A startled Narendra Modi woke up on Friday morning to see newspapers splashed with a new Congress ad campaign pitching Rahul Gandhi ahead of the general elections with a tagline used by him sometime back.
The ad featured the Congress vice-president with the phrase ‘Main Nahin, Hum’ (Not I, we) in bold, the very words used by Modi during his ‘better administration’ drive in Gujarat three years ago.
As red-faced Congress was left to explain the goof-up, a photograph of the BJP's prime ministerial candidate addressing a meeting in Mehsana in February 2011 with the phrase emblazoned behind him, identical down to the comma, surfaced soon after.
Both images became viral online.
A photo of the new Congress ad campaign pitching Rahul Gandhi ahead of the general elections with a tagline used by Narendra Modi sometime back. (Twitter photo)
Dentsu India, the agency that created the ad, refused to comment, on account of a confidentiality clause in its contract with the Congress party.
It had won a Rs500-crore contract, along with JWT, for this campaign, warding off stiff bids from leading agencies such as Rediffusion Y&R, Crayon, Percept/H, Grey Group, and Madison World.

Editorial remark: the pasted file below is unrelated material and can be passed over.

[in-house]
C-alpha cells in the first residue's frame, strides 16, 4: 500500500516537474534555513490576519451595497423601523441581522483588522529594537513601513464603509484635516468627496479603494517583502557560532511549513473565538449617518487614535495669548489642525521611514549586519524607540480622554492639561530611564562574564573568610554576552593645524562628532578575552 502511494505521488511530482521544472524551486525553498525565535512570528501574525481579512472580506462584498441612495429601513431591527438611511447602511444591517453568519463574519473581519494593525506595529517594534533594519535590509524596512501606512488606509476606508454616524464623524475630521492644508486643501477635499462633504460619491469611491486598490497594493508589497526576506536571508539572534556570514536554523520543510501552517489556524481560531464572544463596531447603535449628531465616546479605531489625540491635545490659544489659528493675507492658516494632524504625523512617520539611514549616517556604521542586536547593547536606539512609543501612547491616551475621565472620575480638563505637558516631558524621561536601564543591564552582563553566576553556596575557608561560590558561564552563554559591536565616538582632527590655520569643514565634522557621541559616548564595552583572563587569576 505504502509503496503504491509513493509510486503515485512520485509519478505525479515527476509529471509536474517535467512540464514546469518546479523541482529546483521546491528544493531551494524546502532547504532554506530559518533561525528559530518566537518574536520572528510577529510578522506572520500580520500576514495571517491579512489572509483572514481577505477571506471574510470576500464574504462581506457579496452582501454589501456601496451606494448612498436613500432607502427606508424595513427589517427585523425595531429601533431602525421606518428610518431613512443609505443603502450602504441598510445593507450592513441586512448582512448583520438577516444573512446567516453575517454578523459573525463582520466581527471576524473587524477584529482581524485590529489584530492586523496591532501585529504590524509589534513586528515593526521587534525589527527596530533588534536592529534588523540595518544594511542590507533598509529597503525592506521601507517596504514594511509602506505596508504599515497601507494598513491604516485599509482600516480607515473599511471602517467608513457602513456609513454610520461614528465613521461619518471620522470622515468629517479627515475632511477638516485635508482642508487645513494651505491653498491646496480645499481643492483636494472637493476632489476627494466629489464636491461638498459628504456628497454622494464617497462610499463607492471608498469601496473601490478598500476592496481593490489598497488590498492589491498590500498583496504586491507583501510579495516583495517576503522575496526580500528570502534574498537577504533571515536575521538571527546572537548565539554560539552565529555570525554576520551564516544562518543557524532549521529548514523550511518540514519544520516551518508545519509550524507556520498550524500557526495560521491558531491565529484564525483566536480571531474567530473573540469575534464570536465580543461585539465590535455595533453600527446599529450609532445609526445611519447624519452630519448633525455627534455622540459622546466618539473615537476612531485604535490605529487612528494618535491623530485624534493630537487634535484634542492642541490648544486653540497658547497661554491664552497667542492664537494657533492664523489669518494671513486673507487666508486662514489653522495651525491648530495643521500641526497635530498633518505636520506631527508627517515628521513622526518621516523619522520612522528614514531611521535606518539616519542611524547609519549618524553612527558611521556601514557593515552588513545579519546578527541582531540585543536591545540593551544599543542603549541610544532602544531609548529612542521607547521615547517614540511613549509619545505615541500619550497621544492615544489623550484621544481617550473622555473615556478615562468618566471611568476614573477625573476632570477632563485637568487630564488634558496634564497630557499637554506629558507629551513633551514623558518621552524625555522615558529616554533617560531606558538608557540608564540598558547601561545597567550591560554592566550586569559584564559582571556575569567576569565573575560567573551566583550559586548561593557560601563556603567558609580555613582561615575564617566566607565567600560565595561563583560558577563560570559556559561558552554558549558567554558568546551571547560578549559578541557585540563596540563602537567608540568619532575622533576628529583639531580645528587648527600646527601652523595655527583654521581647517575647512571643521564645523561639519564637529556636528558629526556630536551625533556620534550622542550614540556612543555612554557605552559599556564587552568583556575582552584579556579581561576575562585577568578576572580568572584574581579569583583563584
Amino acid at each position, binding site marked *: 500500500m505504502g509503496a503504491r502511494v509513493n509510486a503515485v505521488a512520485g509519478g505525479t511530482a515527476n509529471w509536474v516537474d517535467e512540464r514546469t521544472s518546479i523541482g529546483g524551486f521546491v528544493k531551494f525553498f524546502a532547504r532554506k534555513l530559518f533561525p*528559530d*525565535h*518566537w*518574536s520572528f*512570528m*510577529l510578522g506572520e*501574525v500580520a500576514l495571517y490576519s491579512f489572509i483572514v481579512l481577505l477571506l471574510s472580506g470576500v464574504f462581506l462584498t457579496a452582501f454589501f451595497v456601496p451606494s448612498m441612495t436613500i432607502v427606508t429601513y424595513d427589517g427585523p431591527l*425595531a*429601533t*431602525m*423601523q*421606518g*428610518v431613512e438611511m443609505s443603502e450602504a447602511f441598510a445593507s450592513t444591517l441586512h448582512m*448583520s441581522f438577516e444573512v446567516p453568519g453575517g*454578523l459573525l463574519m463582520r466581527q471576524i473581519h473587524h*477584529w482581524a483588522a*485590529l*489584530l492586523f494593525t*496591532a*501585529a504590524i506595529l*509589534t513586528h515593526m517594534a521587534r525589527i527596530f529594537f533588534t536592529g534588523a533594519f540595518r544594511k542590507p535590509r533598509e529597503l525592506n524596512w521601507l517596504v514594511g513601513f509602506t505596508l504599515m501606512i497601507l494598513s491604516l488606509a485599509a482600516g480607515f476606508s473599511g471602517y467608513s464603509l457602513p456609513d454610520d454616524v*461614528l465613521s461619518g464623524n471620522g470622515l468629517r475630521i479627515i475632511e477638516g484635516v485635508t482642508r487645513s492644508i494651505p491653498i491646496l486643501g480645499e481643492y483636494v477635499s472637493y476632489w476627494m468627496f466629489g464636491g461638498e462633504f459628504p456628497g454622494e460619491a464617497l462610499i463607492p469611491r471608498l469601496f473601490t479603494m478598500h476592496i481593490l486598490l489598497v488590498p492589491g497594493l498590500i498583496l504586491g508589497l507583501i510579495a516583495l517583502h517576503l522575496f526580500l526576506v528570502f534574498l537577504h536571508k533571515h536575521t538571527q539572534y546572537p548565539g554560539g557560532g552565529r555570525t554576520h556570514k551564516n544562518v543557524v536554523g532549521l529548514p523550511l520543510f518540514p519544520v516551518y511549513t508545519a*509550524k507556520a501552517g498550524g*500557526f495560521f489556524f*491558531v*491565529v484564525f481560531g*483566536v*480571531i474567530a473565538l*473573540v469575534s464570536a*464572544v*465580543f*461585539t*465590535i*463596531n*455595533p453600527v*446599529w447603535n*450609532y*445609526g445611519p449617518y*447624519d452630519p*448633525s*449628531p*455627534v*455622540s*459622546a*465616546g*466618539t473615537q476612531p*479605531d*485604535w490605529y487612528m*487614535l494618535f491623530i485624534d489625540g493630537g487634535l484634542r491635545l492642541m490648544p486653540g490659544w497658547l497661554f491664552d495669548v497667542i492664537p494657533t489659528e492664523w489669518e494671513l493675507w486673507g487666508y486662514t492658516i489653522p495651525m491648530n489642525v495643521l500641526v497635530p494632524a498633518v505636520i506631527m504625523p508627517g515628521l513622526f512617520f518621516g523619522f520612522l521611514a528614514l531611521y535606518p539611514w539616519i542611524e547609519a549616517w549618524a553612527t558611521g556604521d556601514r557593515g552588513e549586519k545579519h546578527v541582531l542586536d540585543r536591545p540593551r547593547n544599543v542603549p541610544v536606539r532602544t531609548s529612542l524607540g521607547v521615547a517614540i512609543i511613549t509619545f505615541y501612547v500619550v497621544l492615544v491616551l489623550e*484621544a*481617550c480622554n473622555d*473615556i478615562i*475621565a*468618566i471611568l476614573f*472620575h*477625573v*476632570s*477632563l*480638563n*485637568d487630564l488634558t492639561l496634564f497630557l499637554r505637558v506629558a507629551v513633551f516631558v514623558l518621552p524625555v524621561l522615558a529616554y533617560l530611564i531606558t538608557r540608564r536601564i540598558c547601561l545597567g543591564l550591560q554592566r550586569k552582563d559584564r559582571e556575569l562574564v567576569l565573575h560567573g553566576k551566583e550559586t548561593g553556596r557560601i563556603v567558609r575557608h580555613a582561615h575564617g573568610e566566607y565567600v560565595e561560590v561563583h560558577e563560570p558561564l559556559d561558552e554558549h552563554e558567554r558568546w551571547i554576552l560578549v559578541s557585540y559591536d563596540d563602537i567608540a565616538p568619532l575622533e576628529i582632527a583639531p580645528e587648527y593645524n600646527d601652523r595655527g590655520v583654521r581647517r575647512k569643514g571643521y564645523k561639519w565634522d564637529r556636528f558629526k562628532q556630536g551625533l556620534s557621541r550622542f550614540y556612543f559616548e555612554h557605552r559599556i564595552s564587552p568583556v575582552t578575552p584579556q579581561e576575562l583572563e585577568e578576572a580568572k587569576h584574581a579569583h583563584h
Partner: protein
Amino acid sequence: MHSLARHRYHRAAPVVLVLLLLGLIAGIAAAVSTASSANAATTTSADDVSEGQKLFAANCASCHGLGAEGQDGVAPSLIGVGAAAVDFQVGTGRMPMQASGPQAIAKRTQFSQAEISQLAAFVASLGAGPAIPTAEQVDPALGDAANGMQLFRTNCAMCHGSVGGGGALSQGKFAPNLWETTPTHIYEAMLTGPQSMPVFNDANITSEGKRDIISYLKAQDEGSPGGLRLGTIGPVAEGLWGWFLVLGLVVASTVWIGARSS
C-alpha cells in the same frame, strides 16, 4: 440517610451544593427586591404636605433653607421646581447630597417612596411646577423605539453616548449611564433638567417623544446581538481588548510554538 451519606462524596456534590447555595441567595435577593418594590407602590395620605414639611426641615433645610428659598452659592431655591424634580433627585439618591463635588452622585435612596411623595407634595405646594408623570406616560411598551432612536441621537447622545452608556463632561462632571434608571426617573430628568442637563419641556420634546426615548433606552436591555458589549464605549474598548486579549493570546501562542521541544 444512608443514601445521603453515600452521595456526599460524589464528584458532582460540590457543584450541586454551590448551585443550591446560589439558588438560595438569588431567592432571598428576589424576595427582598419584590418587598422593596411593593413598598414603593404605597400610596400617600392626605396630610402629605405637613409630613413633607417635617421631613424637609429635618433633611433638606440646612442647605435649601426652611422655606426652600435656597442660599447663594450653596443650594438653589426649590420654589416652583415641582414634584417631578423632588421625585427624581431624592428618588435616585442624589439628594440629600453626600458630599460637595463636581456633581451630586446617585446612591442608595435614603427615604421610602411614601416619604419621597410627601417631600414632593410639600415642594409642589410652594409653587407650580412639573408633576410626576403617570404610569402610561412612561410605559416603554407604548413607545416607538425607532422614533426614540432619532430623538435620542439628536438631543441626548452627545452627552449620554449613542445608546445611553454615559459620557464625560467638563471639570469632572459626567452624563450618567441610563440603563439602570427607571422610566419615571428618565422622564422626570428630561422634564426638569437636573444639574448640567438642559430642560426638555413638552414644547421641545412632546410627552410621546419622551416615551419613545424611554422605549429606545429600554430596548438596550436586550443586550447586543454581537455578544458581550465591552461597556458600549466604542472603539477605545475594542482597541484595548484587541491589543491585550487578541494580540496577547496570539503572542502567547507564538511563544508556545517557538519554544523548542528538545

The Congress had more reasons for being embarrassed. This was a solo ad projecting Rahul Gandhi, unaccompanied by his mother and party chief Sonia Gandhi or Prime Minister Manmohan Singh.
It was supposed to be part of a mega campaign to position him as a people's politician in the face of Narendra Modi's "tea vendor vs shehzada (prince)" chant and Arvind Kejriwal's Aam Aadmi appeal, party sources said.
Senior BJP leader Yashwant Sinha said, "They (the Congress) are copycats. They are in desperation and are ready to go to any extent."
But, by Friday evening, information and broadcasting minister Manish Tewari was ready with a stout defence: "The discourse over the past six months evidences that the BJP's prime ministerial aspirant has an ostensible proprietary right over the words 'I, me, myself', while the partnership that has transformed the country over the past 10 years provides the Congress and the UPA a legitimate claim over the word 'we'."
Congress spokesperson Shoba Oza said, "The slogan is not anyone’s parental property.”
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Twitter reactions to the ad went thus: